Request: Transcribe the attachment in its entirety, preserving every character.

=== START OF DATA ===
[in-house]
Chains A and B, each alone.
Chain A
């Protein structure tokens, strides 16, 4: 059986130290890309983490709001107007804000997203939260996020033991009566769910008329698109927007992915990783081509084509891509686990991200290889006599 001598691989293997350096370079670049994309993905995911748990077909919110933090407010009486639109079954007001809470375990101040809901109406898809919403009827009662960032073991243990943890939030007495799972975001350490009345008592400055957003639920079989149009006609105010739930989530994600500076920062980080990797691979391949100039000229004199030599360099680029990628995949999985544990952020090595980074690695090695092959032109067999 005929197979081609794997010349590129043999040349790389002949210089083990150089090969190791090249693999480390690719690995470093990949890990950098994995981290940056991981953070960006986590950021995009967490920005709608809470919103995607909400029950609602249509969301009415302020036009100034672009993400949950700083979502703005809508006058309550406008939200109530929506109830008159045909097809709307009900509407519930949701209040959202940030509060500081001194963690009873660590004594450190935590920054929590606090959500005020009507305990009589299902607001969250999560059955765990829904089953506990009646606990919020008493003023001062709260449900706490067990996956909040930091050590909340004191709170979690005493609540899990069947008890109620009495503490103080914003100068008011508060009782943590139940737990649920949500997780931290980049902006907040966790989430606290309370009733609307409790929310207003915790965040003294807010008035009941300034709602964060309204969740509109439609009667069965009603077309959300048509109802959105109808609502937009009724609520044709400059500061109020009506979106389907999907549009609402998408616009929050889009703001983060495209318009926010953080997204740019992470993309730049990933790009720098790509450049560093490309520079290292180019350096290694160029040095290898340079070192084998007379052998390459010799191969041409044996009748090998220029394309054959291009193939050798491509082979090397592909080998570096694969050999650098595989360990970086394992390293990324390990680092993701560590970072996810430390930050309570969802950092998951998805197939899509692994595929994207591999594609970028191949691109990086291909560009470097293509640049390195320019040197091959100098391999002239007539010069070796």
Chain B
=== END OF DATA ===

[in-house]
Chains A and B, each alone.
Chain A
């Protein structure tokens, strides 16, 4: 059986130290890309983490709001107007804000997203939260996020033991009566769910008329698109927007992915990783081509084509891509686990991200290889006599 001598691989293997350096370079670049994309993905995911748990077909919110933090407010009486639109079954007001809470375990101040809901109406898809919403009827009662960032073991243990943890939030007495799972975001350490009345008592400055957003639920079989149009006609105010739930989530994600500076920062980080990797691979391949100039000229004199030599360099680029990628995949999985544990952020090595980074690695090695092959032109067999 005929197979081609794997010349590129043999040349790389002949210089083990150089090969190791090249693999480390690719690995470093990949890990950098994995981290940056991981953070960006986590950021995009967490920005709608809470919103995607909400029950609602249509969301009415302020036009100034672009993400949950700083979502703005809508006058309550406008939200109530929506109830008159045909097809709307009900509407519930949701209040959202940030509060500081001194963690009873660590004594450190935590920054929590606090959500005020009507305990009589299902607001969250999560059955765990829904089953506990009646606990919020008493003023001062709260449900706490067990996956909040930091050590909340004191709170979690005493609540899990069947008890109620009495503490103080914003100068008011508060009782943590139940737990649920949500997780931290980049902006907040966790989430606290309370009733609307409790929310207003915790965040003294807010008035009941300034709602964060309204969740509109439609009667069965009603077309959300048509109802959105109808609502937009009724609520044709400059500061109020009506979106389907999907549009609402998408616009929050889009703001983060495209318009926010953080997204740019992470993309730049990933790009720098790509450049560093490309520079290292180019350096290694160029040095290898340079070192084998007379052998390459010799191969041409044996009748090998220029394309054959291009193939050798491509082979090397592909080998570096694969050999650098595989360990970086394992390293990324390990680092993701560590970072996810430390930050309570969802950092998951998805197939899509692994595929994207591999594609970028191949691109990086291909560009470097293509640049390195320019040197091959100098391999002239007539010069070796």
Chain B